Do’s and Don’ts

Do’s and Don’ts while caring or dealing with a person living with HIV. Provide them with a high protein, high vitamin diet and clean hygienic water. Take immediate steps to treat even minor ailments. Dispose off blood stained tampons and bandages properly. Educate family members and friends about HIV / AIDS, if they already know the HIV status of the patient.


  • Sympathize and empathize with them

  • Provide them family and social support

  • Allow them to be a part of the family as he/she was prior to disclosure of the infection

  • Allow them to get back to their work as soon as he/she is physically fit, since HIV infection doesn’t require special rest

  • Keep them engaged in some activity, as an empty mind is a devil’s workshop

  • Make efforts to reduce their stress

  • Encourage them to exercise and meditate as these help to prolong the life span

  • Provide them with a high protein, high vitamin diet and clean potable water (boiled).

  • Convince them to stop all addictions such as tobacco cigarettes, alcohol or other psychotropic/ recreational drugs

  • Register them with a health care facility for regular checks and follow up

  • Take immediate steps to treat even minor ailments. However, it is not necessary to disclose their HIV status to their family physician.

  • Dispose off blood stained tampons and bandages properly, either by flushing or by disinfecting them first with detergent.

  • Advise them to use safe sex (condoms) with their sex partner, even if partner is already HIV positive

  • Pursue them at any appropriate time, to make a will

  • Provide foster care to their children

  • Help fight the discrimination meted out to them by hospitals, doctors and employers

  • Educate family members and friends about HIV/AIDs, if they already know the HIV status of the patient.

  • DON’Ts:

    • Don’t accuse them for getting infected, it doesn’t help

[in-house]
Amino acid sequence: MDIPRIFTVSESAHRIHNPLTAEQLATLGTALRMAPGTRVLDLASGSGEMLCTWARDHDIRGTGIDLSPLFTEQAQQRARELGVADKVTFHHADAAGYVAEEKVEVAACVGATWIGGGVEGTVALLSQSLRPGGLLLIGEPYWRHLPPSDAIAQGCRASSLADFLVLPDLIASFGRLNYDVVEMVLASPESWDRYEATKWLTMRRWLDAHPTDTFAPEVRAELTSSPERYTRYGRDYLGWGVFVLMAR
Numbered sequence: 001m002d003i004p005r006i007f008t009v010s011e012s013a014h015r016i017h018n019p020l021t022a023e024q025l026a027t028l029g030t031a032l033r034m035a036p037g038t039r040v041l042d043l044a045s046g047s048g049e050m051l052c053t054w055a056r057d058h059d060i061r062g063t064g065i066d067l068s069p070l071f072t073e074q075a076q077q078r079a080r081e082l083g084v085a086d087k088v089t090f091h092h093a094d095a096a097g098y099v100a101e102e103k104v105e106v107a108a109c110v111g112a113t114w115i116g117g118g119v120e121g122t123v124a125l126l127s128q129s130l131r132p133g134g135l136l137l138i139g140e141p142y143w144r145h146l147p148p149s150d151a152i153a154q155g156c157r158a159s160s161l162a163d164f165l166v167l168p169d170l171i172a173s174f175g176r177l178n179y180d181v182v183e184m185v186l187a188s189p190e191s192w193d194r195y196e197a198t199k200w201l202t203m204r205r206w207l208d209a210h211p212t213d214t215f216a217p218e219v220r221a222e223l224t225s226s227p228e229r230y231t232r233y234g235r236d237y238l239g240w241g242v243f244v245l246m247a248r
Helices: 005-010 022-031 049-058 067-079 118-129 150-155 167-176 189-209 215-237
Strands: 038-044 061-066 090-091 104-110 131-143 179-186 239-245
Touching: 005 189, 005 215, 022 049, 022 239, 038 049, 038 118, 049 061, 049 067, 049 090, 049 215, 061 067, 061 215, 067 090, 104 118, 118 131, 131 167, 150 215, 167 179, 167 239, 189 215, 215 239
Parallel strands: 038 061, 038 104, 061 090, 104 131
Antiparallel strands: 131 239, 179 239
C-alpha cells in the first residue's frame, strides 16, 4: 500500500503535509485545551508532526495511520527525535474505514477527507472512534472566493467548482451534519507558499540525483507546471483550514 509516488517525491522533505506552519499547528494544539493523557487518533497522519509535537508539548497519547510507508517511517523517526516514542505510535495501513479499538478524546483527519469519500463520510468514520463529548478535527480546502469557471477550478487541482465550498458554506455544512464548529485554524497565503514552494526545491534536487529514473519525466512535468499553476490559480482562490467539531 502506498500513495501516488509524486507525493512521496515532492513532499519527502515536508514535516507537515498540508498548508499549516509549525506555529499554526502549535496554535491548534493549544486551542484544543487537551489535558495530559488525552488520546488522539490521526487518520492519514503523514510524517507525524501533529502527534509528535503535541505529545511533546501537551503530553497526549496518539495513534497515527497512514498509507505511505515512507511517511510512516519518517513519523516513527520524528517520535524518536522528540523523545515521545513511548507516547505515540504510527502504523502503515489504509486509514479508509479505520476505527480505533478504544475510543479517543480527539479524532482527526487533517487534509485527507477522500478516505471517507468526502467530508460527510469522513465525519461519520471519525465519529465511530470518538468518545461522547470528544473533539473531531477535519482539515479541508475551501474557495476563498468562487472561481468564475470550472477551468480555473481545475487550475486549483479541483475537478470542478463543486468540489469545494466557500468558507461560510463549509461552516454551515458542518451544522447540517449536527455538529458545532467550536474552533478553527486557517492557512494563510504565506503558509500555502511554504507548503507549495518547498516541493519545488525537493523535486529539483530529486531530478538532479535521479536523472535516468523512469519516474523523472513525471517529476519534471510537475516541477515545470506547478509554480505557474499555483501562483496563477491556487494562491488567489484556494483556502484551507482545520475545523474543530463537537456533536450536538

• Don’t try to probe into when, where the person was infected

    • Don’t make them feel guilty

    • Don’t isolate them in their home/ work place

    • Don’t separate them from spouse or children, since they are the best support for them. It is important for them to spend quality family time together.

    • Don’t use gloves in feeding the infected person or to wipe off his saliva, sweat, nasal secretions and tears

    • Don’t share razors, tooth brush and other sharp objects with infected person or for that matter with anybody else.

    • It is not necessary to wash their clothes separately

    • Don’t disclose the HIV status of infected person to friends, employer and insurance company

    • Don’t humiliate the infected person, his /her spouse or children

    • Don’t scare them of suffering and death. In the terminal stage, prepare them for a smooth journey to death

    • Don’t get conned by the fake claims, false cures, witch hunters and faith healers. Wait for declaration of the noble prize for the real cure

    • Don’t spend the entire available money limit in the first bout of illness, it may be the first of such illnesses in the pipeline. Make a proper planning of your spending capability.

    • Don’t take many relatives to see the patient admitted in hospital

    When dealing with a person living with HIV/AIDs, the bottom line is that you must treat them, the way out would like to be treated if you were infected with HIV.